Jeremy Corbyn wouldn’t get my vote, by Jean Calder

(This is the complete text of my column published on 5th September 2015 in the Brighton Argus which was edited to remove the paragraph relating to Sinn Fein and the IRA)

I didn’t have a vote in the labour leadership election and I’m was glad of that. People assumed I’d want to vote for Jeremy Corbyn, but they were wrong.
I like Corbyn’s anti austerity agenda, his respect for unions and the public sector, his rejection of privatisation and Trident and his scepticism about the European Union. However, I have some serious doubts about him. 

Despite apparent support for women’s rights, other policy positions he’s taken put their rights at risk. He appears to have been a broken reed in the Islington child abuse scandal, when desperate whistle-blowers first sought his help. I believe the stance he takes now on aspects of foreign policy put human rights at risk.

Much of what Corbyn has said about the plight of Palestinians and the brutality of Israeli state forces and illegal settlers is absolutely true. However, in rightly expressing solidarity with the Palestinians, he has also made common cause with Islamists who have no interest in establishing a just and democratic state (certainly not one offering equality to women, homosexuals or Jews). They want a caliphate, a theocratic fascist dictatorship. 

Corbyn has said it’s important to “talk” to people like Hamas and has offered the Peace process in Northern Ireland as an example. However, facilitating negotiation between participants in conflict is different from sharing a platform and giving the appearance of uncritical support for individuals such as Raed Salah of Hamas who has repeated the ‘blood libel’ against Jews (that Jews use Christian children’s blood in rituals) and says it is un-islamic to support women’s equality. 

It’s also absurd to equate violent islamists with the IRA. The IRA and Sinn Fein were not fascist organisations. Both were committed to Irish re-unification and British withdrawal, but crucially also to the maintenance of a democratic, non-sectarian secular Irish state. They was not imperialistic or expansionist. Hamas, in contrast, fights for a world-wide caliphate.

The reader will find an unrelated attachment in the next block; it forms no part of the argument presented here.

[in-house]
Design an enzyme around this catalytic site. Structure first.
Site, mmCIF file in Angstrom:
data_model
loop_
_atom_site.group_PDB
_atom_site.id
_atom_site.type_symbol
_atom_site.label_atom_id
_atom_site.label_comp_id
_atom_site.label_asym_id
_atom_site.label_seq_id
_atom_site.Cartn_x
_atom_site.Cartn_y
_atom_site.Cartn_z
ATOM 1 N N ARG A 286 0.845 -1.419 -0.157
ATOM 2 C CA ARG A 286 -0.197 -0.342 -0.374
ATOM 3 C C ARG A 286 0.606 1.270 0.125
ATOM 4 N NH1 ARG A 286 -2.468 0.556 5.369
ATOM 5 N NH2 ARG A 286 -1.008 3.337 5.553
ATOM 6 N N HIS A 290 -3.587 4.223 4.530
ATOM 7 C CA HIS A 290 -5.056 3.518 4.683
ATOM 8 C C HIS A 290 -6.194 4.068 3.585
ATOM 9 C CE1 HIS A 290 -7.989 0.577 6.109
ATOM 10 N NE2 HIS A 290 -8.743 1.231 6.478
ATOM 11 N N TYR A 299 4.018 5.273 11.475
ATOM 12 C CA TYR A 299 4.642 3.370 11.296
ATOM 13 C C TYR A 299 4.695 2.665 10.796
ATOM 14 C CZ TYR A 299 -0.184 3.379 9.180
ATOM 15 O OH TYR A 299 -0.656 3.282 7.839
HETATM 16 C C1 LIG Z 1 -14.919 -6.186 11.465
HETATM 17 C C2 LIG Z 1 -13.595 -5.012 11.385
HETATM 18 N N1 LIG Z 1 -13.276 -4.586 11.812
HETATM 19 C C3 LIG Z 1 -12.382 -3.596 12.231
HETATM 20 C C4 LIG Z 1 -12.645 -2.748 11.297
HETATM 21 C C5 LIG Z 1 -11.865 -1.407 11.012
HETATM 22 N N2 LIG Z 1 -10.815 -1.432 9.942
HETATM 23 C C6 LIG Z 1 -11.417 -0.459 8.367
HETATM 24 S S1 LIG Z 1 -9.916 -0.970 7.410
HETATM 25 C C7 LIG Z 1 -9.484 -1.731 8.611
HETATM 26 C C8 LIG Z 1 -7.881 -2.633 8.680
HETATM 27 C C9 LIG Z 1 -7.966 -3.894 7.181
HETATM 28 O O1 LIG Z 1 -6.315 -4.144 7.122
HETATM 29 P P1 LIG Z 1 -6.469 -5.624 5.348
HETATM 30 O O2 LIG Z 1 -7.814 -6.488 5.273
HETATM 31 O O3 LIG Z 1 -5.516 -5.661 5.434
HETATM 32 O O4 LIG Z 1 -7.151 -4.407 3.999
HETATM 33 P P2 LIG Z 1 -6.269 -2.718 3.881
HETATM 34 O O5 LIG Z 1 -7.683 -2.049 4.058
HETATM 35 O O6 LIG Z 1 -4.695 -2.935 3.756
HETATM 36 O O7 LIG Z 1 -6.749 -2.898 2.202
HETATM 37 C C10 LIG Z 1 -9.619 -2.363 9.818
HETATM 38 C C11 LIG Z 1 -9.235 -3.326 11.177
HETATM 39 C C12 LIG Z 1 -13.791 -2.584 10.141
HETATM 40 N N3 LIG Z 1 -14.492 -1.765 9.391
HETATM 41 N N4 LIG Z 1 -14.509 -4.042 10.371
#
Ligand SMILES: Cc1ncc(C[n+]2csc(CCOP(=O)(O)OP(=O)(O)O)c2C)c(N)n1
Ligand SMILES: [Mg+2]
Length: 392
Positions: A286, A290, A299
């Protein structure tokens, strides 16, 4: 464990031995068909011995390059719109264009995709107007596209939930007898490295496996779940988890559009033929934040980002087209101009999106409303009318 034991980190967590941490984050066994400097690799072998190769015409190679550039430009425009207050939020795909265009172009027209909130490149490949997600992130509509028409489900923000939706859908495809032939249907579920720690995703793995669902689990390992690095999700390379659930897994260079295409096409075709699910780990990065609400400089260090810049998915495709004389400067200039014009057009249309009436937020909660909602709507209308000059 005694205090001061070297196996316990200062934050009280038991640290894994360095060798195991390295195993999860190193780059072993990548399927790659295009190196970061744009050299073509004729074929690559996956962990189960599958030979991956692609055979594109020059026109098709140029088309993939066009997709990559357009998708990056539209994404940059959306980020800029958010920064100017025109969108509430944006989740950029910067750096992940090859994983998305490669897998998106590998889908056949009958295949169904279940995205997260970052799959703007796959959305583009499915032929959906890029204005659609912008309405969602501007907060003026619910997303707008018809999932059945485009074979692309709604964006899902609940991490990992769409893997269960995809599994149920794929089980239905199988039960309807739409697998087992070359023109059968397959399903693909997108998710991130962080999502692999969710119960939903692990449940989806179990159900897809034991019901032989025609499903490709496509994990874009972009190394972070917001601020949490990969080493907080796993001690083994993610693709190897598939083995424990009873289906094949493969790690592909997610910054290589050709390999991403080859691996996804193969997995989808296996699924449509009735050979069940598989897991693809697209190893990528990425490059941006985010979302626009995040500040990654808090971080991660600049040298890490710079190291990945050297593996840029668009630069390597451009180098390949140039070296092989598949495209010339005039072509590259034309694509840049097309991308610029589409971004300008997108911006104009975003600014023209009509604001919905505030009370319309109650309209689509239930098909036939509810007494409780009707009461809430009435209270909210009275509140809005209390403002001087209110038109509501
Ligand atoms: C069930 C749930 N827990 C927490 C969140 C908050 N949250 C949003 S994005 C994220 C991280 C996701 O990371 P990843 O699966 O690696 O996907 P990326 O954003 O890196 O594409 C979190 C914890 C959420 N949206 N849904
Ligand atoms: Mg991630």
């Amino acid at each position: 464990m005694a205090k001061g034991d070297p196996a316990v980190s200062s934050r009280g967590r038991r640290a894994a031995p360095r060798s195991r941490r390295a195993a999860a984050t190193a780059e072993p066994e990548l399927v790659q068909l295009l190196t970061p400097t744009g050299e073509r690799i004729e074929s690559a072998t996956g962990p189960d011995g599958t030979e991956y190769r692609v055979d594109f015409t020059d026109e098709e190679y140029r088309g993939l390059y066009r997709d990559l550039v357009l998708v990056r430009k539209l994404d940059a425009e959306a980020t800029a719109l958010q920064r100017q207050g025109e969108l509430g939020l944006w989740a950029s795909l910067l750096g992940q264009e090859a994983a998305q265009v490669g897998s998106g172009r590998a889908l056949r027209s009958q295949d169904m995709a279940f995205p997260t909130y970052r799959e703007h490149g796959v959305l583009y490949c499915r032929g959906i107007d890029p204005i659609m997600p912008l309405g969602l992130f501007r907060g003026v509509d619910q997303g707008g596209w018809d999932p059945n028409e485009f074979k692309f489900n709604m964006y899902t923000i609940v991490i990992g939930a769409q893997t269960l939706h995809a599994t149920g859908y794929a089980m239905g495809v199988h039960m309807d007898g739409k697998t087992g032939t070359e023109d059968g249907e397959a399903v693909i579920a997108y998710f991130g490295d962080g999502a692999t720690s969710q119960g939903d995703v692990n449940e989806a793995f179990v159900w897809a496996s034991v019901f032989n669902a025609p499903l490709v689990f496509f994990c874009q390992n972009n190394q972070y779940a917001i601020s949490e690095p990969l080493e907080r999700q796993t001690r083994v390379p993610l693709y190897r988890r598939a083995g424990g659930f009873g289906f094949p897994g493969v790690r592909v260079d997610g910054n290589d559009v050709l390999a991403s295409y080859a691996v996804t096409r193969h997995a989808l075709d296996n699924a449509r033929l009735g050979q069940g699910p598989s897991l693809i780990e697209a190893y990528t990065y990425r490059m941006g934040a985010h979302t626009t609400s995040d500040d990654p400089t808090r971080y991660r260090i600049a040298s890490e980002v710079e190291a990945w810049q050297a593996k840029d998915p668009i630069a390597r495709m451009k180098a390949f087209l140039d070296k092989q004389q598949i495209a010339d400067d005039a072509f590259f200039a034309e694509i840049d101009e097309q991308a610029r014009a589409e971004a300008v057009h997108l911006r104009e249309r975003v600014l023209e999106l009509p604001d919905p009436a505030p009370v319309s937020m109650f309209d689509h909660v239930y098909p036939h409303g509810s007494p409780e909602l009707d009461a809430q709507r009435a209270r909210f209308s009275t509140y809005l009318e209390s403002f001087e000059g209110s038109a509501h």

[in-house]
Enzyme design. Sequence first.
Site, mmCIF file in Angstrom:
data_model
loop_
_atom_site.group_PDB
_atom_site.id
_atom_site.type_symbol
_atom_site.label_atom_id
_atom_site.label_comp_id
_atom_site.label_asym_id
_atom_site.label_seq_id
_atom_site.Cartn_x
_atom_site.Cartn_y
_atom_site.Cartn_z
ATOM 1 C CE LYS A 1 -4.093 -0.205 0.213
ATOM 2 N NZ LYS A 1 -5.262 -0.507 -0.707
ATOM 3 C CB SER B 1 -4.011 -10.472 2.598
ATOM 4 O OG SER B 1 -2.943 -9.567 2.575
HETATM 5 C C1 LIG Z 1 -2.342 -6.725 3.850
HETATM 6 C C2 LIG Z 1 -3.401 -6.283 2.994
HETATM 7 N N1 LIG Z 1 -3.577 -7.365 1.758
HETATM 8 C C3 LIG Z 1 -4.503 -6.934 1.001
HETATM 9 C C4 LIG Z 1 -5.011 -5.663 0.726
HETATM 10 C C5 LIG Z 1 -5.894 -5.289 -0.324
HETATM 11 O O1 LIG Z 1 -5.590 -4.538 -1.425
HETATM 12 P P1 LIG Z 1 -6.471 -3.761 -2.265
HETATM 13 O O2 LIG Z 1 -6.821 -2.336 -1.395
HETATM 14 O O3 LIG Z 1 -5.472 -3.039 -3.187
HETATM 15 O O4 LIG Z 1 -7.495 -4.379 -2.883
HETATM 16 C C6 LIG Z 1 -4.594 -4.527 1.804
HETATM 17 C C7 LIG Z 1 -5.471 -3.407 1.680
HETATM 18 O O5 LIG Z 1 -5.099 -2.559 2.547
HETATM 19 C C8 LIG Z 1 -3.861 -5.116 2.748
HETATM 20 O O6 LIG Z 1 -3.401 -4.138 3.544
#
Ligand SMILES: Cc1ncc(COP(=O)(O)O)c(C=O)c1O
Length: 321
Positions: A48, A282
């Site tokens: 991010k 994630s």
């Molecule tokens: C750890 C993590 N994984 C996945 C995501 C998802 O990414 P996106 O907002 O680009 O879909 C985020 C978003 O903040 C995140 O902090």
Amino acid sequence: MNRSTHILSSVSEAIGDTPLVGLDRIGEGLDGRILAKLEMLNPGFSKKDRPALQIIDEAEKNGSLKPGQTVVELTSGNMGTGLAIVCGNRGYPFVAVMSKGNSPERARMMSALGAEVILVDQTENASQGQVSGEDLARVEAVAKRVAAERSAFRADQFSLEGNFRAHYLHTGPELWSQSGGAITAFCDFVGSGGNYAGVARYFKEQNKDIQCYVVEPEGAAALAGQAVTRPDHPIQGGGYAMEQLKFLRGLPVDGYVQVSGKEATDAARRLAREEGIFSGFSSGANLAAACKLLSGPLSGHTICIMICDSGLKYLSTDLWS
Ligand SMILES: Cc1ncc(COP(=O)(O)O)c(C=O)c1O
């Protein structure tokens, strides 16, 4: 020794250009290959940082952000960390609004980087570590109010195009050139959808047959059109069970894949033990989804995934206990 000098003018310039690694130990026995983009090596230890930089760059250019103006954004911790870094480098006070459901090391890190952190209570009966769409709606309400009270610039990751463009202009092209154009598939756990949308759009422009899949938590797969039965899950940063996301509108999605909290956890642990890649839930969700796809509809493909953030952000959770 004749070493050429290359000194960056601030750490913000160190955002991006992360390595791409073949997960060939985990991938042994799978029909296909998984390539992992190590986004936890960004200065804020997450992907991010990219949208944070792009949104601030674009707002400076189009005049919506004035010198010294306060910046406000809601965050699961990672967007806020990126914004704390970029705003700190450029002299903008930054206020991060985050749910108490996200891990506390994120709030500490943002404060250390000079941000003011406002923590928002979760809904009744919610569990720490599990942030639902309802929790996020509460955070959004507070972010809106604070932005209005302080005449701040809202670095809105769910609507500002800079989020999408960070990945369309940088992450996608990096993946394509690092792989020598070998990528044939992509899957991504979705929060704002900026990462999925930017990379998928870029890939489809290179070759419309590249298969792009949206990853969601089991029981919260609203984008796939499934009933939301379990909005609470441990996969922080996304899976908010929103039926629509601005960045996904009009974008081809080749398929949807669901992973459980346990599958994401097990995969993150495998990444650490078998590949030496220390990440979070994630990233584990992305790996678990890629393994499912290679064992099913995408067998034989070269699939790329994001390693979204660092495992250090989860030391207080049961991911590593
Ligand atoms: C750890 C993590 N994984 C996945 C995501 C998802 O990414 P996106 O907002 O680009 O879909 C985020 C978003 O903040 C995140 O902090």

I question Corbyn’s attitude to Isis. In 2014, Corbyn said of Isis. “Yes, they are brutal,”..… “Yes, some of what they have done is quite appalling, likewise what the Americans did in Fallujah and other places is appalling.” Furious commentators have focussed on his comments on Fallujah and whether he should have equated Isis’ brutality with that of the Americans, but my concern is rather different. 

I make no defence of US conduct of the Iraq war. I question why Corbyn uses this to deflect attention from Isis atrocities. Above all, I want to know why he said only “some” of what Isis had done was “quite appalling”. I’d like to know which of Isis’ activities Corbyn thinks are acceptable. I see none – just brutal occupation by a so-called state in which men buy and sell naked children into sex slavery in public markets, pray before they rape them, stone women, throw gay men from high buildings and execute subject peoples and those they consider apostates with mediaeval cruelty – while abroad, waging war on civilians. 

Corbyn says the rise of Isis has been assisted by American and UK foreign policy. He’s right, but it didn’t create ISIS and it doesn’t excuse it – any more than the Treaty of Versailles caused or excused the rise of nazi Germany.  

There are some political forces with which no just government can safely negotiate because they are just too violent and dangerous to humanity. Hitler’s Germany was one, Pol Pot’s Cambodia another. Isis’ caliphate is yet another. At some point Isis, and crucially the fascist theocratic ideology that drives it, will need to be fought and beaten – not contained as Corbyn suggests. 

9 Responses

  1. I can’t b long as I’m under sedation. I support Jeremy for all the reasons Jean Gave. I dont accept the child abuse ones from John mann MP I agree isl should b defeated not talked 2 but they r the West’s creation NATO supports Turkish attacks on Kurds. Hama’s is conservative not fascist raeed sallah does nots suppsupport blood libel. Jeremy is head. and shoulders above the rest. women r also refugees so r children women r hit by benefit cap

  2. The radical right is having a field day over the refugee issue which they ally to Islamisation and this creates a populist backlash. Jeremy Corbyn’s election won’t appeal to ukippers and the like so much as to educated red-greens fed up with austerity politics. It may play well in Brighton and Scotland(and thus help keep the UK together) but will lose in England where the centre disappeared or went to the Tories.
    Jeremy’s economic programme risks fuelling inflation which in turn is likely to lead to enforced austerity.It is all so reminiscent of Michael Foot.The point of politics is to achieve your intended effects through creating a majority coalition, not to be a purist permanent minority.

    • i forgot 2say re Isis. Jean says she questions Corbyn’s attitude towards them. I question hers. does she have the foggiest idea of how they originated or y they are growing stronger or who supports them today? think Turkey, Saudi, Israeli. ask why their purported opponent the USA supports Turkey’s war on Isis’s most effective opponent the Kurds then you might understand y JC linked in us atrocities with those of Isis.